The headline of an article published earlier this month in the New York Times caught my attention, “Heat Records Are Broken Around the Globe as Earth Warms, Fast.” We have certainly experienced this warming earth here in Minneapolis. In response to record high temperatures a man went out from his home with an idea for bringing relief from the steamy summer heat for himself and the neighbors living on his city block. The man went door-to-door inviting neighbors to come and experience relief from the heat. He planned to open a hydrant! Courtesy of the local fire department, he attached a spray cap to the hydrant on their block and soon cool water streamed out.
- Some neighbors did not seek refreshment because, even though they were invited, they did not trust they would be welcome.
- Some neighbors quickly walked through the stream of cool water one time—barely getting wet—and then they returned home.
- Some neighbors would not go near the open hydrant because they were concerned about looking undignified.
- Some neighbors gathered around the man in anticipation before the hydrant cap was fully removed. Once the water began spraying, they frolicked and played around. The neighborhood children and the elders seemed to enjoy the open hydrant the most. They ran and rolled back and forth through the streaming cool water and the sound of their giggling and shrieking could be heard in the surrounding blocks—a joyful sound in the ears of all who heard them. “Let anyone with ears listen!”
There are many things in this story about which we might wonder. What caused the neighbors to respond so differently to the invitation to enjoy the cool water from the hydrant water? What are we to understand from this story?
From the beginning of his public ministry Jesus told his disciples and the crowds who followed them that their world was changing and therefore they were invited to change too. In the fourth chapter of Matthew Jesus launched his ministry announcing, “Change your hearts and lives! The in-breaking reign of God has begun!” Today, as we hear and read the first nine verse of Matthew 13 beneath it/underlying it we may notice Jesus’ declaration about the in-breaking reign of God. The settings and audiences changed but Jesus was consistent in his message: change your hearts, now, and live as if the in-breaking reign of God is all that matters. It is difficult to understand and get our minds around this idea of the in-breaking reign of God, but from the gospel we know it is:
- revealed and demonstrated in Jesus’ words and actions;
- God’s generous gift; it is not coerced or earned but is a gift freely given for all;
- as Warren Carter described, “disruptive and disturbing” because it establishes a new way of life that is counter to the prevailing values. (Carter, 280)
Those who Jesus healed (Mt 4:23-25) and fed had a basis for understanding the in-breaking reign of God. The same was true for all the people to whom Jesus declared ‘God has forgiven you.’ Those who lived in poverty began to understand the in-breaking reign of God when Jesus esteemed them and declared they were blessed (Mt 5:3).
Jesus shaped his preaching and teaching about the in-breaking reign of God with great care. He spoke to his audience in ways that would have been familiar to them so that they would hear and have the greatest possibility to understand how to conform their lives in response to the in-breaking reign of God. Watching his ministry and listening closely they would have noticed Jesus’ life and teaching flowed from and was aligned with the traditions, beliefs, and understanding they received from their ancestors.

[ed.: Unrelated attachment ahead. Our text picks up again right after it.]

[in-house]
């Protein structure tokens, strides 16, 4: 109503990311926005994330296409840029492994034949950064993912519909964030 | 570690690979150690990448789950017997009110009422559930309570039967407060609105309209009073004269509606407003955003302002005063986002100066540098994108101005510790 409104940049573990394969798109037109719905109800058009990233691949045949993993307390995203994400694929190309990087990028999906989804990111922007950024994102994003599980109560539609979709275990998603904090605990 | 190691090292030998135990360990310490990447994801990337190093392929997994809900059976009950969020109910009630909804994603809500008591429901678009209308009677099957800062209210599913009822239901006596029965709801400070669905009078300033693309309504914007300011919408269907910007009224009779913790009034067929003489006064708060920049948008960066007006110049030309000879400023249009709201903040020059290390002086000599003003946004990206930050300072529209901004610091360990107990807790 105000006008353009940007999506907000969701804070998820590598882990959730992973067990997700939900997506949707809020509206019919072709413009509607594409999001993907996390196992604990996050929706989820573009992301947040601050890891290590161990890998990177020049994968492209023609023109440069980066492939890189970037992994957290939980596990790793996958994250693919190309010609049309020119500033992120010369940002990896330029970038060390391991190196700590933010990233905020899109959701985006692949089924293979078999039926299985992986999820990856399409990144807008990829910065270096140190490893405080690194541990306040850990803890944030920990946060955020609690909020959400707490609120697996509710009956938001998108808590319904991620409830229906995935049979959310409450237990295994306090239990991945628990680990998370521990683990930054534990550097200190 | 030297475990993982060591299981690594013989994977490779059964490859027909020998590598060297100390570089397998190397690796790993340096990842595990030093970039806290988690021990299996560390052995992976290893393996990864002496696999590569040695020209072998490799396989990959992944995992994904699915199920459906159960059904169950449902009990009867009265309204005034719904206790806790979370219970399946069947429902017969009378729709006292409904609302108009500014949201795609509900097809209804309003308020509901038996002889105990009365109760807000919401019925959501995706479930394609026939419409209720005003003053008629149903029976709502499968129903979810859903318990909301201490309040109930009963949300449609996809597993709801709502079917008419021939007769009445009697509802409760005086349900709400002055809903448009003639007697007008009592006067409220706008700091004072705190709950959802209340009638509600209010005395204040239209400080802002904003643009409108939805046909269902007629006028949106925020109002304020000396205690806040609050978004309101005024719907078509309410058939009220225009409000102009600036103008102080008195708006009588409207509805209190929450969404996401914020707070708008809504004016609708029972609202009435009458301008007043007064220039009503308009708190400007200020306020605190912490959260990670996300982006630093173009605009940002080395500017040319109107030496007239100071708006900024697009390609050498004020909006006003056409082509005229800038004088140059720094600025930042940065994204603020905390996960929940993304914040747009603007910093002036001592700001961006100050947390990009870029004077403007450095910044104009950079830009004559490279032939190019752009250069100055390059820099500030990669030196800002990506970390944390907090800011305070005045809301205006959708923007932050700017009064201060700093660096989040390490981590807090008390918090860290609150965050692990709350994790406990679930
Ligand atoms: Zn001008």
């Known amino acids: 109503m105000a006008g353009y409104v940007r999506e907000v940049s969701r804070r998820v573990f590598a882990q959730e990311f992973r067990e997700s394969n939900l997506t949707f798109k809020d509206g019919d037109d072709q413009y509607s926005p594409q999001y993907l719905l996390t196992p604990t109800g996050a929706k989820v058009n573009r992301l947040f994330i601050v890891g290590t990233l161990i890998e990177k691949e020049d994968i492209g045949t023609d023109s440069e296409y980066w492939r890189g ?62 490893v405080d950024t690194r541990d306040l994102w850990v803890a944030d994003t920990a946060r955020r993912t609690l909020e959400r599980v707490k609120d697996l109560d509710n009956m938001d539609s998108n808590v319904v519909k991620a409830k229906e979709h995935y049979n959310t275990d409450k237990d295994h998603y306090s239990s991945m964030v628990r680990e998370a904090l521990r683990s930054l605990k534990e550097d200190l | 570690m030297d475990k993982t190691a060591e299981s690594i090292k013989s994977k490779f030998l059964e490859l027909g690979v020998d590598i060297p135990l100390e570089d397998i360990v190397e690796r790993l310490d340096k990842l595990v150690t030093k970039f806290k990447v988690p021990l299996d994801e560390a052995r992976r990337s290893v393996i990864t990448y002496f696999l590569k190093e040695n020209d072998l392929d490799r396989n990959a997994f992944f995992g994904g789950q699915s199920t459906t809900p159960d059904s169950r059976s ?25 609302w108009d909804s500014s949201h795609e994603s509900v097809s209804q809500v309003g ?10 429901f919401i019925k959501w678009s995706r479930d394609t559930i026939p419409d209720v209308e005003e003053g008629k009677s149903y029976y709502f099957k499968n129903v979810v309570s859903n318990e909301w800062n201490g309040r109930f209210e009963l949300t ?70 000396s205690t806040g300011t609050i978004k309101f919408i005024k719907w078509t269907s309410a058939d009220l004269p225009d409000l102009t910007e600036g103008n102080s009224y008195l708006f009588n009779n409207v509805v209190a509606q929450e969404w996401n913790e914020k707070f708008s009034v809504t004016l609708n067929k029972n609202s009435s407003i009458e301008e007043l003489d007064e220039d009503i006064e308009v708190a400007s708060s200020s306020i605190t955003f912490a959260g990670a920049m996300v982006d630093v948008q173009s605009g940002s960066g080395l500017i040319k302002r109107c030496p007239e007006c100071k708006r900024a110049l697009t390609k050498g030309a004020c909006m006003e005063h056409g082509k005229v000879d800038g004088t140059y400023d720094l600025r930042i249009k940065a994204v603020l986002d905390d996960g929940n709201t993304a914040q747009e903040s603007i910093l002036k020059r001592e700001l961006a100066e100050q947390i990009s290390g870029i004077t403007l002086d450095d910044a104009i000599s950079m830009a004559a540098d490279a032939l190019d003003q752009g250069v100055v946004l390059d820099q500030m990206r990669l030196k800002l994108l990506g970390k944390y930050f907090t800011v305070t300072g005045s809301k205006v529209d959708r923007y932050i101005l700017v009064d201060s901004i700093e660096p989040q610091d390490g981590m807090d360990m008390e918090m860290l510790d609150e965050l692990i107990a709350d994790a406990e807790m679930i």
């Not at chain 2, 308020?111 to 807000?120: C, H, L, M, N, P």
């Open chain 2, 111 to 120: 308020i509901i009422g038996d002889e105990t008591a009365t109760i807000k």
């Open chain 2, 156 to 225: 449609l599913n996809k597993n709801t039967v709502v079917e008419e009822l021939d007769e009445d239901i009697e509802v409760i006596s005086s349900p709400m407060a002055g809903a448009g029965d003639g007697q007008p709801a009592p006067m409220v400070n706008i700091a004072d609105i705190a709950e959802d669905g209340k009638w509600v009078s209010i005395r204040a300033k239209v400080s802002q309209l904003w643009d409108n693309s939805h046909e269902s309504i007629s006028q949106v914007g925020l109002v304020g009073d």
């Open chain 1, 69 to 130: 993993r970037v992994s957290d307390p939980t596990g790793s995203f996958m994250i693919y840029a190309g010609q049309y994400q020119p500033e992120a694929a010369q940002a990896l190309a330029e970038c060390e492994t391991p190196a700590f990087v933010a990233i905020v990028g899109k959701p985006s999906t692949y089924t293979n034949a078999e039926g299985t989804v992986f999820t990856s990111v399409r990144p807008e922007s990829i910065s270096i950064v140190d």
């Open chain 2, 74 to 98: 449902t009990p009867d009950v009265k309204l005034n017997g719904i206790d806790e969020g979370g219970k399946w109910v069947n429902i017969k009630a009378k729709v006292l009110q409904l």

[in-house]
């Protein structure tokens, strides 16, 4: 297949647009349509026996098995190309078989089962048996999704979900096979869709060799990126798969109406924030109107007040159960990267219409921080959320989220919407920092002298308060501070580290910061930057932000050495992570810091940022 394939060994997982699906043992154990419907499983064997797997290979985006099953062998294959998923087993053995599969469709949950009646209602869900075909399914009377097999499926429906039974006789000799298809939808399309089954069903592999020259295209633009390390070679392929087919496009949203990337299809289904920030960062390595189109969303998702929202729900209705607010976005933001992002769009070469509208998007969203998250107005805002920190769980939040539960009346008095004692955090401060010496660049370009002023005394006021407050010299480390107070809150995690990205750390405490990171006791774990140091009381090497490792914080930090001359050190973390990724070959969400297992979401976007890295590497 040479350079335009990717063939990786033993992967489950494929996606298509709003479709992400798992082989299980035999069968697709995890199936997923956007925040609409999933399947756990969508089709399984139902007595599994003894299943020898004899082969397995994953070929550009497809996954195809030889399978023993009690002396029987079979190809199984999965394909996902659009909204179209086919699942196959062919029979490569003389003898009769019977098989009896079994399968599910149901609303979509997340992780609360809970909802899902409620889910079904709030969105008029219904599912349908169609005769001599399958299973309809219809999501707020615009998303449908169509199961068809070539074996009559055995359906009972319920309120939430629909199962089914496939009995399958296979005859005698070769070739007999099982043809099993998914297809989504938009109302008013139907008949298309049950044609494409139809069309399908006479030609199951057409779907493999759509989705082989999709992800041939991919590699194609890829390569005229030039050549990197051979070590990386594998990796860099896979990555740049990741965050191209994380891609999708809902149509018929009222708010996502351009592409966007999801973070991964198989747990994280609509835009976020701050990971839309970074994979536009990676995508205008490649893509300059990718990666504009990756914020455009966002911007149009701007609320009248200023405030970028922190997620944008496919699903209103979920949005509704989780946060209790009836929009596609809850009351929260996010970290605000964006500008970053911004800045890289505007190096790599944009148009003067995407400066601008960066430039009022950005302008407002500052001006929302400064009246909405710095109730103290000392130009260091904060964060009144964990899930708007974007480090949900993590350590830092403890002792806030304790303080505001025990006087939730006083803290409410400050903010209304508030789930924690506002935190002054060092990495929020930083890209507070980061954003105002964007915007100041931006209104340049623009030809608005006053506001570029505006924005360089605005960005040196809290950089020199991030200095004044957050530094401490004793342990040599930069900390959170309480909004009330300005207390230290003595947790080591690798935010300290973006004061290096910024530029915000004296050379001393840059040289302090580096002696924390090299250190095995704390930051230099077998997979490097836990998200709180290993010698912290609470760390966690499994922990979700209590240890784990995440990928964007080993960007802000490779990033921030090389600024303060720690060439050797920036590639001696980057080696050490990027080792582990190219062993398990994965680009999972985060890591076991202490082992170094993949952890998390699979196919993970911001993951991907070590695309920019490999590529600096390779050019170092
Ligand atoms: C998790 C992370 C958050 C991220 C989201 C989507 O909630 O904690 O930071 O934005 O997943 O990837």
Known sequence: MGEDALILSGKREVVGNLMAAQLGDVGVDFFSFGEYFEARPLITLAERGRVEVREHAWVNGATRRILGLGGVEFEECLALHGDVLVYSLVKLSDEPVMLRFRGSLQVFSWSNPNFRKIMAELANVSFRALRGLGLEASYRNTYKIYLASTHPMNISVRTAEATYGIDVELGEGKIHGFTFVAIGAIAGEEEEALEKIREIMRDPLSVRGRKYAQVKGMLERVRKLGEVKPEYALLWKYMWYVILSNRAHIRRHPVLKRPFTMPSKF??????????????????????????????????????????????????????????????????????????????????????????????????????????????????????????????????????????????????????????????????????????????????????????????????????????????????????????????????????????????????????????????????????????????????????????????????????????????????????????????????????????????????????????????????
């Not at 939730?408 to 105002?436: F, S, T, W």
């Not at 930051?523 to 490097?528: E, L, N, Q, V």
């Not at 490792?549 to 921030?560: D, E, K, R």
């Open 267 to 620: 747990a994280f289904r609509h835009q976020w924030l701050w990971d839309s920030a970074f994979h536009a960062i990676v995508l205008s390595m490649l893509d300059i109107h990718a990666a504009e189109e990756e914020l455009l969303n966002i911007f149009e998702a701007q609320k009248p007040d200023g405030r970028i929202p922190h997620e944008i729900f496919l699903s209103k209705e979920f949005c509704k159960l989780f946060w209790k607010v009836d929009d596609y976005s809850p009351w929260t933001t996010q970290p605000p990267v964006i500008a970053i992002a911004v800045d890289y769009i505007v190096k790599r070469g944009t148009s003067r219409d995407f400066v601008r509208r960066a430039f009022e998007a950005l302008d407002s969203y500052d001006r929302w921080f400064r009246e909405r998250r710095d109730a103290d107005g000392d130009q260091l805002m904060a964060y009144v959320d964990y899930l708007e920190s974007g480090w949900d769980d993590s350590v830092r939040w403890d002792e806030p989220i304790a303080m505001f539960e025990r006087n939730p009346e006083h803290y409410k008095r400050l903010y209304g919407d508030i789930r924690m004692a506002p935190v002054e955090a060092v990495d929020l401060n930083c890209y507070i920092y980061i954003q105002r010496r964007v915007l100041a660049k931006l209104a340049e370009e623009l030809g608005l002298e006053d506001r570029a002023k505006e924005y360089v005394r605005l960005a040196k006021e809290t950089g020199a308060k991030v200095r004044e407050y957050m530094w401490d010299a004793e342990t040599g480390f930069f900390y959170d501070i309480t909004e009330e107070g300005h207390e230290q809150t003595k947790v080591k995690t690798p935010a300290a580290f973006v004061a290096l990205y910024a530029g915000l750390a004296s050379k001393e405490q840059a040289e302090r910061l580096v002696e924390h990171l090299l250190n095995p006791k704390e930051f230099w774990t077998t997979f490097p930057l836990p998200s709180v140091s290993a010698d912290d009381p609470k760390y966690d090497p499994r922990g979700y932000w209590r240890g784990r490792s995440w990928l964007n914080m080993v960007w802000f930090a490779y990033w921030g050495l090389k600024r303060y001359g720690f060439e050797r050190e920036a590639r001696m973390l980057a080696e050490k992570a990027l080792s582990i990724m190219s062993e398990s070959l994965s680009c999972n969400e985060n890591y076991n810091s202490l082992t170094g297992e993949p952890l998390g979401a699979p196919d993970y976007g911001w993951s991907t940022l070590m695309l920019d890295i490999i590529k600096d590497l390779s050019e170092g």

Although Jesus’ teaching and preaching were thoughtfully prepared and graciously offered, some who heard him ignored it. Others heard and changed their hearts to a point. Others actively opposed Jesus. The strongest opposition came from the people who benefitted from long-established, lopsided social arrangements. The strongest opposition to Jesus’ ministry came from those who had the most to lose when Jesus’ followers, in response to the in-breaking of the reign of God, scrutinized their loyalties and the written and unwritten rules ordering their lives as a community.
Even as his teaching and preaching was ignored or partially accepted or opposed outright, Jesus relentlessly declared, because of the in-breaking reign of God, their world was changing. Jesus wanted the disciples and every person who crowded around them to recognize this new reality mattered above everything and everyone. Repeatedly, Jesus asked the people to change their hearts—explaining a change of heart is the only acceptable response to God coming near. Franciscan sister Joan Puls described this standing invitation from God to change our hearts in her paraphrase of Psalm 25,
“You ask of me again that I take up the journey
that is metanoia.
That I prepare myself for new moments of fidelity.
I mean today these words so oft-prayed:
make known to me my path —
show me the way you would have me follow —
guide me as I discern the signs and the signals
of your beckoning —
The signs and signals of God beckoning a change of heart were enfolded in the stories Jesus told. In his stories Jesus likened the in-breaking reign of God to something his listeners had formerly experienced. Beginning with the Parable of the Sower, Jesus repeatedly compared the in-breaking reign of God to some circumstance with which the crowd would be familiar. He took something from their everyday lives, described it well, and then subtly and seamlessly wove in an unexpected element to engage their imaginations and illuminate the places in their hearts where deeper understanding was needed. In every parable Jesus told there was the potential—there was a seed— for those who listened to further their understanding of the characteristics and implications of the in-breaking reign of God. When an idea is transcendent, unmatched, and holy it can be difficult to fully grasp. True understanding was demonstrated by increasingly aligning one’s way of living with Jesus’ assertion that the in-breaking reign of God mattered above everything and everyone.